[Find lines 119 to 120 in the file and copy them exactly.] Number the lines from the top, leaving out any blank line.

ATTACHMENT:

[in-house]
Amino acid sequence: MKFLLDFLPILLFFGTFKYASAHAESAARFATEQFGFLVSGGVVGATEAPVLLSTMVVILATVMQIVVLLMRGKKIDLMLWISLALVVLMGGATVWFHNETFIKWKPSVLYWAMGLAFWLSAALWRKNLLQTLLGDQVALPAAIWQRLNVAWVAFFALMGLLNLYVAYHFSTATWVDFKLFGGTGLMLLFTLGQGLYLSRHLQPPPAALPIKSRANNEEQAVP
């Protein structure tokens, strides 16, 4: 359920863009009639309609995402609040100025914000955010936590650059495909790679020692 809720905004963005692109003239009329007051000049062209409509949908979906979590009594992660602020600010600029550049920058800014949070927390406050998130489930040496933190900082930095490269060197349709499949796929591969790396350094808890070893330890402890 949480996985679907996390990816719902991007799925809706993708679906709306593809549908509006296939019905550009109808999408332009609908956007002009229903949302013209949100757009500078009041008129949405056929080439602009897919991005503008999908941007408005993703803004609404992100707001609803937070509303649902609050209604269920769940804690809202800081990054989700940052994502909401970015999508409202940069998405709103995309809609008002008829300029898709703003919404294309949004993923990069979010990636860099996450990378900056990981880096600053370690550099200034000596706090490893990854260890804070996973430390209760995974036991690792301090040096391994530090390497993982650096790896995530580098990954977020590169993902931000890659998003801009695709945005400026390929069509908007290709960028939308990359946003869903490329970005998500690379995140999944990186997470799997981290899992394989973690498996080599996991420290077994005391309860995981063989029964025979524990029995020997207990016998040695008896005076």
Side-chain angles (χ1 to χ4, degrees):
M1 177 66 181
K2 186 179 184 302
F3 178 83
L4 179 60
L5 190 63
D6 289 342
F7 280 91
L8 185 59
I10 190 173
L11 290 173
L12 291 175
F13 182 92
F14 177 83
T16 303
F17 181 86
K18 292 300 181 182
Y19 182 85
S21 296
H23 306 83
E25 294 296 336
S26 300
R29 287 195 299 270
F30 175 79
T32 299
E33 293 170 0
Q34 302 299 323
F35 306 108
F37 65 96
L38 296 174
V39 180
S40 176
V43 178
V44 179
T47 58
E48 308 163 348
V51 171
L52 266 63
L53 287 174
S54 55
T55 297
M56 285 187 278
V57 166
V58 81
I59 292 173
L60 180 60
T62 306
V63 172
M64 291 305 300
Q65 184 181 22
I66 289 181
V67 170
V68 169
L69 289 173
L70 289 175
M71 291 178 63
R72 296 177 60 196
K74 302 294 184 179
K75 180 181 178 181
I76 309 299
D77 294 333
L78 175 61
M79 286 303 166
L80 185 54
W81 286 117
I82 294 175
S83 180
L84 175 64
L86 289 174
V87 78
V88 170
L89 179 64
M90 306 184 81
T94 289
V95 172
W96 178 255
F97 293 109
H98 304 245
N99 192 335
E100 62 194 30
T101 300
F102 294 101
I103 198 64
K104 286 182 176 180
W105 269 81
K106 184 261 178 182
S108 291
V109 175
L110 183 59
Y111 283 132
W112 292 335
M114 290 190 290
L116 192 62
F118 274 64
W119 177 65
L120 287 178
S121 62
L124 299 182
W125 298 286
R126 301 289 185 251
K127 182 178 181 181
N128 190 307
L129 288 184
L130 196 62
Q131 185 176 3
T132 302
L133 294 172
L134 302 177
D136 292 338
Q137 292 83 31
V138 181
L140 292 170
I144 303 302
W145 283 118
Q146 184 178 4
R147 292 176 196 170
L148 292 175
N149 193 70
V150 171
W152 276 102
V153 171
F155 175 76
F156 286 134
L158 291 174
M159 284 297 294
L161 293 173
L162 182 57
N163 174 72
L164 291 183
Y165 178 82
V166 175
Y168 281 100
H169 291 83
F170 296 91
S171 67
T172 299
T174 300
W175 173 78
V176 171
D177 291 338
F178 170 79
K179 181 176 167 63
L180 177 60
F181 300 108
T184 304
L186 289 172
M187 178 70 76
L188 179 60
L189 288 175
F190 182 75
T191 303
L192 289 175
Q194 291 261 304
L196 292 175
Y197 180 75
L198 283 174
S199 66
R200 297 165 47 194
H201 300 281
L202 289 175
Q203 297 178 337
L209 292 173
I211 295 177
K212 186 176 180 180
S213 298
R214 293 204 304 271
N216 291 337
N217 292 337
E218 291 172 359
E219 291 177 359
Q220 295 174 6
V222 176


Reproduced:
R147 292 176 196 170
L148 292 175